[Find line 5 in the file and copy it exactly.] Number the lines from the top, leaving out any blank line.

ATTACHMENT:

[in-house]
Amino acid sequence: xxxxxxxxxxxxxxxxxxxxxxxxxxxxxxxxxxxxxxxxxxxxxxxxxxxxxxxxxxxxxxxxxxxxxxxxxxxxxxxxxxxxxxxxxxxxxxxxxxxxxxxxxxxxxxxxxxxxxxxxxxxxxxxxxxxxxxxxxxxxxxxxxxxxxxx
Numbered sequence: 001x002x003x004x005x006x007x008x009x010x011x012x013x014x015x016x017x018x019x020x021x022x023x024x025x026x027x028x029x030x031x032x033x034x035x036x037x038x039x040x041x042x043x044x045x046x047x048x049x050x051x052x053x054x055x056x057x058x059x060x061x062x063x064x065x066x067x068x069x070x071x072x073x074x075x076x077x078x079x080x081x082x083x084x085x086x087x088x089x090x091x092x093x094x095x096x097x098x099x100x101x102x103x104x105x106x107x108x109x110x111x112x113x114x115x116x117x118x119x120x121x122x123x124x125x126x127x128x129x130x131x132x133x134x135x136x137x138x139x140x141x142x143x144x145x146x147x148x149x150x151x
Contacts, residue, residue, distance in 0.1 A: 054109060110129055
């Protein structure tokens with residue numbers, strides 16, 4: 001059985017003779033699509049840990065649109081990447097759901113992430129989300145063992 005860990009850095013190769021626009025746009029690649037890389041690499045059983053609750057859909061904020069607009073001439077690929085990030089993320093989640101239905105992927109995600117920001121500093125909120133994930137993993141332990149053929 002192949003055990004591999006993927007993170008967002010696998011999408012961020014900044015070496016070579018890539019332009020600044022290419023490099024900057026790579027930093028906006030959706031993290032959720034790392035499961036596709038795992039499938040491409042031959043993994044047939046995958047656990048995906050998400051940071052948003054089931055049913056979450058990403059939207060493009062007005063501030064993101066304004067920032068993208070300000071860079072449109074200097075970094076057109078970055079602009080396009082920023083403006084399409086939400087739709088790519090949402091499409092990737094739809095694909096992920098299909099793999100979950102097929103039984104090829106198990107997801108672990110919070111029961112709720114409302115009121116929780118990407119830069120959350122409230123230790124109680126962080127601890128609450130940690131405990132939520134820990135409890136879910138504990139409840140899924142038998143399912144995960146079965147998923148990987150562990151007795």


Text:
């Protein structure tokens with residue numbers, strides 16, 4: 001059985017003779033699509049840990065649109081990447097759901113992430129989300145063992 005860990009850095013190769021626009025746009029690649037890389041690499045059983053609750057859909061904020069607009073001439077690929085990030089993320093989640101239905105992927109995600117920001121500093125909120133994930137993993141332990149053929 002192949003055990004591999006993927007993170008967002010696998011999408012961020014900044015070496016070579018890539019332009020600044022290419023490099024900057026790579027930093028906006030959706031993290032959720034790392035499961036596709038795992039499938040491409042031959043993994044047939046995958047656990048995906050998400051940071052948003054089931055049913056979450058990403059939207060493009062007005063501030064993101066304004067920032068993208070300000071860079072449109074200097075970094076057109078970055079602009080396009082920023083403006084399409086939400087739709088790519090949402091499409092990737094739809095694909096992920098299909099793999100979950102097929103039984104090829106198990107997801108672990110919070111029961112709720114409302115009121116929780118990407119830069120959350122409230123230790124109680126962080127601890128609450130940690131405990132939520134820990135409890136879910138504990139409840140899924142038998143399912144995960146079965147998923148990987150562990151007795």